What is Crossing Over? – Definition
The term crossing over was coined by Morgan.
Crossing over is a process that produces new combinations of genes by exchanging segments between non-sister chromatids of homologous chromosomes normally reciprocally but sometimes unequally.
Crossovers are chromatins resulting from crossing over i.e. interchange of chromosomal parts.
Characteristics of Crossing Over
- Occurs at two levels, at gross chromosomal level (chromosomal recombination) and at DNA level (genetic recombination).
- Occurs between non-sister chromatids of homologous chromosomes.
- Exchange is normally reciprocal but sometimes unequal.
- Frequency of crossing over is closely related to physical distance between genes located on chromosomes.
Types of Crossing Over
- Somatic or Mitotic Crossing Over
- Germinal or Meiotic Crossing Over
Somatic or Mitotic Crossing Over
When crossing over occurs in chromosomes of somatic cells of an organism during mitotic cell division, it is called as mitotic crossing over. Occurrence is rarely. It has no genetical significance.
Germinal or Meiotic Crossing Over
When crossing over occurs during meiosis, it is called as meiotic crossing over.
Pre-requirements of Crossing Over
- Replication of about 99.7% DNA and 75% of histone synthesis should be completed before prophase I.
- Attachment of all chromosomes to nuclear envelop by their both ends, during leptotene.
Kinds of Crossing Over
- Single crossing over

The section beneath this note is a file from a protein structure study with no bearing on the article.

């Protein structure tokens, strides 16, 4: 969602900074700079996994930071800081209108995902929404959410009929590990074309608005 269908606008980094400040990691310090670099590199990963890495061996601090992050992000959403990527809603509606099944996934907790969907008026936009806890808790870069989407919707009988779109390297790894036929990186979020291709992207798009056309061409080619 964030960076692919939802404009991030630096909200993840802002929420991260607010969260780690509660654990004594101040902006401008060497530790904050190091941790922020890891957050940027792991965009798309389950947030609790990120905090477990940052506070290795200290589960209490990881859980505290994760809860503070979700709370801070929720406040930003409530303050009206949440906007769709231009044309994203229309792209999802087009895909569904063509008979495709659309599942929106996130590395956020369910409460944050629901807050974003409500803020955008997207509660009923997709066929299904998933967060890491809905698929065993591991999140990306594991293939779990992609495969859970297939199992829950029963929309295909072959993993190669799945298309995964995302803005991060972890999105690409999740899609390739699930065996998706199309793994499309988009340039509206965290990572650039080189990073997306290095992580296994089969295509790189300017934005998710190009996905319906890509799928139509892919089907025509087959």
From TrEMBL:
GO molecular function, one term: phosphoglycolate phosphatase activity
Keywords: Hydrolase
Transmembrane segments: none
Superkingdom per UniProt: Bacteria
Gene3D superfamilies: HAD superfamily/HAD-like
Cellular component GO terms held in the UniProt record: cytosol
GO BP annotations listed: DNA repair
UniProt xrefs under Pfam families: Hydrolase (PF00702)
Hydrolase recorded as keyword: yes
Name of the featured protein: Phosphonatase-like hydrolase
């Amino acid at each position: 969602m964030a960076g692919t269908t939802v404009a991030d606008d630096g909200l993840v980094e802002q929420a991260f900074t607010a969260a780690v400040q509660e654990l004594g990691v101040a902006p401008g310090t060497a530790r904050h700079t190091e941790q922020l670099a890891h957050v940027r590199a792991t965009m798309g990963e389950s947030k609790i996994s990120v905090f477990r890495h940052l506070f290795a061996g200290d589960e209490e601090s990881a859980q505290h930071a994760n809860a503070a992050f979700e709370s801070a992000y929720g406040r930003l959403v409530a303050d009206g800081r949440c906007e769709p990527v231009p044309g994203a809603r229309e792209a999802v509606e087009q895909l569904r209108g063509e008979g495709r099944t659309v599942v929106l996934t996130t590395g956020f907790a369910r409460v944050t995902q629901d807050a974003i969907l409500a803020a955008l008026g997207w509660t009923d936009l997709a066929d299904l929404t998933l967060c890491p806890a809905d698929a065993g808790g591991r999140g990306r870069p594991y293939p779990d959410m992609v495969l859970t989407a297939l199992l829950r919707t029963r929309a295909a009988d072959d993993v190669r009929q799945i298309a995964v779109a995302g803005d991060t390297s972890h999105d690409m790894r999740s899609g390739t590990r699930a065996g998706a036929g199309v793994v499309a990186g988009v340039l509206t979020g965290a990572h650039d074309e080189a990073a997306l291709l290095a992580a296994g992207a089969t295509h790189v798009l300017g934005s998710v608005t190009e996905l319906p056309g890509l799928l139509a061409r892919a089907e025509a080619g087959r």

- Double crossing over (reciprocal and complimentary)
- Multiple crossing over
Stages of Crossing Over or Mechanism of Crossing Over
The page Mechanism or Stages of Crossing-over provides the sufficient information on the topic.
Theories about the mechanism of Crossing Over
- Duplication theory (John Belling, 1928)
- Copy choice hypothesis / Switch model (J. Laderbeg)
- Break and exchange theory
- Hybrid DNA model
Factors affecting Crossing Over
- Physical distance between genes
Significance of Crossing Over
- Crossing over is universal in occurrence, occurs in plants, animals, bacteria, viruses and moulds.
- Meiotic crossing over allows a more independent selection between the two alleles that occupy the positions of single genes, as recombination shuffles the allele content between sister chromatids
- Helps in proving linear arrangement of genes.
- Recombination does not have any influence on the statistical probability that another offspring will have the same combination. This theory of “independent assortment” of alleles is fundamental to genetic inheritance.
- Origin of new character
- Necessary for natural selection, as it increases chances of variation.